Use this URL to cite or link to this record in EThOS: http://ethos.bl.uk/OrderDetails.do?uin=uk.bl.ethos.647542
Title: The liability of internet intermediaries
Author: Riordan, Jaani
Awarding Body: University of Oxford
Current Institution: University of Oxford
Date of Award: 2013
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Abstract:
Internet intermediaries facilitate a wide range of conduct using services supplied over the layered architecture of modern communications networks. Members of this class include search engines, social networks, internet service providers, website operators, hosts, and payment gateways, which together exert a critical and growing influence upon national and global economies, governments and cultures. This research examines who should face legal responsibility when wrongdoers utilise these services tortiously to cause harm to others. It has three parts. Part 1 seeks to understand the nature of an intermediary and how its liability differs from the liability of primary defendants. It classifies intermediaries according to a new layered, functional taxonomy and argues that many instances of secondary liability in English private law reflect shared features and underlying policies, including optimal loss-avoidance and derivative liability premised on an assumption of responsibility. Part 2 analyses intermediaries’ monetary liability for secondary wrongdoing in two areas of English law: defamation and copyright. It traces the historical evolution of these doctrines at successive junctures in communications technology, before identifying and defending limits on that liability which derive from three main sources: (i) in-built limits contained in definitions of secondary wrongdoing; (ii) European safe harbours and general limits on remedies; and (iii) statutory defences and exceptions. Part 3 examines intermediaries’ non-monetary liability, in particular their obligations to disclose information about alleged primary wrongdoers and to cease facilitating wrongdoing where it is necessary and proportionate to do so. It proposes a new suite of non-facilitation remedies designed to restrict access to tortious internet materials, remove such materials from search engines, and reduce the profitability of wrongdoing. It concludes with several recommendations to improve the effectiveness and proportionality of remedies by reference to considerations of architecture, anonymity, efficient procedures, and fundamental rights.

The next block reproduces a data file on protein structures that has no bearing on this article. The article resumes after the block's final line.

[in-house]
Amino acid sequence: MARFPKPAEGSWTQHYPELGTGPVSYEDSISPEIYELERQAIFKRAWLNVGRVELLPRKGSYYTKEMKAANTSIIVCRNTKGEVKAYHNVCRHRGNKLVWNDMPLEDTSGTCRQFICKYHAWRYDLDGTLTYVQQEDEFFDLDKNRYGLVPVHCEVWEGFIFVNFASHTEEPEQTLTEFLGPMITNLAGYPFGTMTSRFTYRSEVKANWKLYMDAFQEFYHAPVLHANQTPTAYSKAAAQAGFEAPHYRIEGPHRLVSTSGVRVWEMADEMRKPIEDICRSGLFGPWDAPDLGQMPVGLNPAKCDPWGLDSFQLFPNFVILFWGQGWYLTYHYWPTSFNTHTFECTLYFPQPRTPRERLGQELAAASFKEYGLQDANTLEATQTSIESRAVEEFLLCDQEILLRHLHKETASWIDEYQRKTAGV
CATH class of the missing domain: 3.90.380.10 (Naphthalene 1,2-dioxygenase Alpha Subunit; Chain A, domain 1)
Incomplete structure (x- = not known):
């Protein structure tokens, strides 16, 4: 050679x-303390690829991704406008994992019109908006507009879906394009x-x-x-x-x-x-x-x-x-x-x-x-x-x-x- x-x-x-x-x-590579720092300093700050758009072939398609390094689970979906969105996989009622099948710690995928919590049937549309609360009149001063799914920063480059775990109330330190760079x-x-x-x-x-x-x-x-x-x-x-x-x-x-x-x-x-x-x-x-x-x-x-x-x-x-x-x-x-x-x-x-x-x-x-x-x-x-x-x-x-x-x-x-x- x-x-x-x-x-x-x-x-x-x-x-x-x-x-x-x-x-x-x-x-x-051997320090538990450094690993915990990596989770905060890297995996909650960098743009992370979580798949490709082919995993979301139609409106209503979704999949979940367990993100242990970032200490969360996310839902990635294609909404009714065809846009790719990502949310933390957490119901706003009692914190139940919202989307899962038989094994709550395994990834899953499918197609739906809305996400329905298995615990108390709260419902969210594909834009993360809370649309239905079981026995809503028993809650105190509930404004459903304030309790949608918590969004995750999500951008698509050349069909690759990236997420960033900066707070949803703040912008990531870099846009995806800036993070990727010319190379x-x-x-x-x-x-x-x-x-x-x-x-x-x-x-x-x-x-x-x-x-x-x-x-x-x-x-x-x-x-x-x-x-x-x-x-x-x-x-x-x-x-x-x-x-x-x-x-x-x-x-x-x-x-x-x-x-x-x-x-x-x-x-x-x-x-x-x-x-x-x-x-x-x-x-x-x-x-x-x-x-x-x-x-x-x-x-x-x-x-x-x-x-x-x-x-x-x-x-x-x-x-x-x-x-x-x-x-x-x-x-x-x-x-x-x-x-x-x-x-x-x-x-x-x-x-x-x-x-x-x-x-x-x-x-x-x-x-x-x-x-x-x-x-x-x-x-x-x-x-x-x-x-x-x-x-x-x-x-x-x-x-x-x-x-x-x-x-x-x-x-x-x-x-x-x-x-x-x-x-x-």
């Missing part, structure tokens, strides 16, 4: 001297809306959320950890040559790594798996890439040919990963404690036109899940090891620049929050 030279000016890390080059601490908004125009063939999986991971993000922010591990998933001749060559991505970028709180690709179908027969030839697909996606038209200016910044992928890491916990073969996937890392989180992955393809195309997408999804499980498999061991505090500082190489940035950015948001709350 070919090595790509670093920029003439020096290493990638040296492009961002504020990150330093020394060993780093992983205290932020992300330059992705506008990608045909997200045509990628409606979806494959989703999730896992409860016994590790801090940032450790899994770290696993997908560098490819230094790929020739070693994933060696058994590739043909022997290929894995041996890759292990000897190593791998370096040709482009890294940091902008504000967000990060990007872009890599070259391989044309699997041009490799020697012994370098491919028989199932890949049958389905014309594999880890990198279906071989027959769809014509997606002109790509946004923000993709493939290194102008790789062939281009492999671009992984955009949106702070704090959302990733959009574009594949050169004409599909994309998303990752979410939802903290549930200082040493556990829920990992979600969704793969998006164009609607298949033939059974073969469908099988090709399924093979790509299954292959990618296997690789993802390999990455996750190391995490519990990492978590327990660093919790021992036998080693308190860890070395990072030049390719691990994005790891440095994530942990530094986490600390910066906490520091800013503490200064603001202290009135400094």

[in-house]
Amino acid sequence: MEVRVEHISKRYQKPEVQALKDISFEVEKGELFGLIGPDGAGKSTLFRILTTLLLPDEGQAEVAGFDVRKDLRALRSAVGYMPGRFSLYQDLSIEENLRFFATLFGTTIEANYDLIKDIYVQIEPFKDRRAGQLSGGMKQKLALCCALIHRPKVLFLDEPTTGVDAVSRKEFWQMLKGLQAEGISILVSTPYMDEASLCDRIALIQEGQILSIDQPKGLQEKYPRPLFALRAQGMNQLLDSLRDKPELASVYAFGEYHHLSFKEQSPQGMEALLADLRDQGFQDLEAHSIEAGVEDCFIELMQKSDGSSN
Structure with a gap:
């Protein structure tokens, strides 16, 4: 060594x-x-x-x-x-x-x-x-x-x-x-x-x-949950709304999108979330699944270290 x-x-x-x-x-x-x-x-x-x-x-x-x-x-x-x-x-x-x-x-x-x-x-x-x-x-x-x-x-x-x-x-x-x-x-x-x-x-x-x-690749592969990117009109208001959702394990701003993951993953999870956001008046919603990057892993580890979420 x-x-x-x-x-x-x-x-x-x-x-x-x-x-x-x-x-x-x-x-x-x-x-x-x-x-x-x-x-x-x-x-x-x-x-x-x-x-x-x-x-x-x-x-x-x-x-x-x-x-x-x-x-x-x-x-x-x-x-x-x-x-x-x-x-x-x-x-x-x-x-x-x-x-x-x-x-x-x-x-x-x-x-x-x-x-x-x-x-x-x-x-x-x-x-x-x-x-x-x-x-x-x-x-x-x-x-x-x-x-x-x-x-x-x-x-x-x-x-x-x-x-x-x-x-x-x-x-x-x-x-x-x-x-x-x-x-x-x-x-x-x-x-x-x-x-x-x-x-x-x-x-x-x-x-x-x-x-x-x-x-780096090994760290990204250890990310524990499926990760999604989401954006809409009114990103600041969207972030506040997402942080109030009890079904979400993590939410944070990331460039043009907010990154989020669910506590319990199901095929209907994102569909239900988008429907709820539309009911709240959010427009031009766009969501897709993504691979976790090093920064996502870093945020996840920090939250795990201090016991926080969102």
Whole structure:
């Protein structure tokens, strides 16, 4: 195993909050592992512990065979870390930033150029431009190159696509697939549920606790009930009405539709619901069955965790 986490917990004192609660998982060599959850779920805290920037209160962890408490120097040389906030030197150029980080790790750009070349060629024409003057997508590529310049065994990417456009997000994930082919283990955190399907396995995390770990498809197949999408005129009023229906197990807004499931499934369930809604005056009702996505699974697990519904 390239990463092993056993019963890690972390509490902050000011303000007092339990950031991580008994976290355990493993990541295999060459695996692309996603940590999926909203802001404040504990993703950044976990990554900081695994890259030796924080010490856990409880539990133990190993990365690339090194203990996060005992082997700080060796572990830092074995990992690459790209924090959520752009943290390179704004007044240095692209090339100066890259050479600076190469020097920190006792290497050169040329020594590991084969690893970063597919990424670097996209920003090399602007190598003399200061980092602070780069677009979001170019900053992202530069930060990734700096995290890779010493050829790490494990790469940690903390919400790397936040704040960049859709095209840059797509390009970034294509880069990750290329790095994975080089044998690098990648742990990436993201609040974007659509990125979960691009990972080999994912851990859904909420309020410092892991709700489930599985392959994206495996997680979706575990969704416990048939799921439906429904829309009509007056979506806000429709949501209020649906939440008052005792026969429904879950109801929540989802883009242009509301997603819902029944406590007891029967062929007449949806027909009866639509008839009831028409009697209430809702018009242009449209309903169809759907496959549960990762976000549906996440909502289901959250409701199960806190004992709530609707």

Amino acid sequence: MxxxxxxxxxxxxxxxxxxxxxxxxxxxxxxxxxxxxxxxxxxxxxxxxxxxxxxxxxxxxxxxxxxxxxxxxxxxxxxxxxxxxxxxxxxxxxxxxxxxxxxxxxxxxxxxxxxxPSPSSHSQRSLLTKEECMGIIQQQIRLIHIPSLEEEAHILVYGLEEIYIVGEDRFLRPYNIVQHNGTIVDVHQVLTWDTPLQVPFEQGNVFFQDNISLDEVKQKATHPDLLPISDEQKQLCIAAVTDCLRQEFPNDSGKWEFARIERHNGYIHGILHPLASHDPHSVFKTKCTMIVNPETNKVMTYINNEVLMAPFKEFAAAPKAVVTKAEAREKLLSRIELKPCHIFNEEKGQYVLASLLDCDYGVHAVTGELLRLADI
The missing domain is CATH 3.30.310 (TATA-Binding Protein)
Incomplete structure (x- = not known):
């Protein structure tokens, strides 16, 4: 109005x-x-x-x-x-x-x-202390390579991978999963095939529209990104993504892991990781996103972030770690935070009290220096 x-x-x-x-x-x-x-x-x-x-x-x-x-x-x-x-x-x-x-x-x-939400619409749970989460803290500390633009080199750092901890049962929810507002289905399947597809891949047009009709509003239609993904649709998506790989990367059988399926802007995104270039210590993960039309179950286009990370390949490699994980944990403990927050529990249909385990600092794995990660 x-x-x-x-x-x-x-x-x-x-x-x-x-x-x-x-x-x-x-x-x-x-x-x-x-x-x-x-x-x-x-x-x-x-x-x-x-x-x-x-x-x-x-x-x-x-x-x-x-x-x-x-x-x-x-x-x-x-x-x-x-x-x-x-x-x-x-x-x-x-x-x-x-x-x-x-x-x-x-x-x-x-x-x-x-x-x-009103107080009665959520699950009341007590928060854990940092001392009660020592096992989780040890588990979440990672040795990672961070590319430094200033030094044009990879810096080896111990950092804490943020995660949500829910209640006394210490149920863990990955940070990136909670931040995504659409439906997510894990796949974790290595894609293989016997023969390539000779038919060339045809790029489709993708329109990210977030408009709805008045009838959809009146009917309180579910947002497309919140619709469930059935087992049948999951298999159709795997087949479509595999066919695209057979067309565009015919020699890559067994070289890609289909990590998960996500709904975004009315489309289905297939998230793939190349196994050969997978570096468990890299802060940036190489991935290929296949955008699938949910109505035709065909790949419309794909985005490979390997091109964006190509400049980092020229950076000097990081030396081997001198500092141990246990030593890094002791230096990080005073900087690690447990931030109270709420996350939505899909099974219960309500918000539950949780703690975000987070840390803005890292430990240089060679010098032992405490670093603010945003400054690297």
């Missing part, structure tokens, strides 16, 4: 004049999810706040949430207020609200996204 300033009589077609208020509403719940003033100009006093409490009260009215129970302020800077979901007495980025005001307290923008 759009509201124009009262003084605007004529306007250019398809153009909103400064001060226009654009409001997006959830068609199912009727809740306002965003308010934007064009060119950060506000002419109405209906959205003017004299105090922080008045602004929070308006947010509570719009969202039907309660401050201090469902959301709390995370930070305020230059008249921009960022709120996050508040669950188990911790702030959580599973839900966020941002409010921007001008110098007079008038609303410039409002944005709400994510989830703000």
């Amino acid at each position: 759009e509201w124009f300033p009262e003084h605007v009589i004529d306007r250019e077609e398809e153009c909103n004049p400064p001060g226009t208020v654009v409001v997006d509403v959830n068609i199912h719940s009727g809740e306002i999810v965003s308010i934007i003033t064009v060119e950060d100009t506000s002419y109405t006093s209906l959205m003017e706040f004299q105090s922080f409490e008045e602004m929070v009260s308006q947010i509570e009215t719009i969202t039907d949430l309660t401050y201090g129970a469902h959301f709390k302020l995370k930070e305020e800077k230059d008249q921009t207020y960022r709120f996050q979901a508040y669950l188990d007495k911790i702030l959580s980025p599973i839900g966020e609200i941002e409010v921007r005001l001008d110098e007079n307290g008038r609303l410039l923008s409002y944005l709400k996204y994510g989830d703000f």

Supervisor: Bagshaw, Roderick Sponsor: Clarendon Fund
Qualification Name: Thesis (Ph.D.) Qualification Level: Doctoral
EThOS ID: uk.bl.ethos.647542  DOI: Not available
Keywords: Intellectual property ; Law and the internet ; Human rights ; Media Law ; EU Law ; European Law ; European and comparative law ; internet ; intermediaries ; internet service providers ; search engines ; internet law ; copyright ; defamation ; anonymity ; social networks ; remedies ; private law ; English law ; European Union law ; TRIPS Agreement
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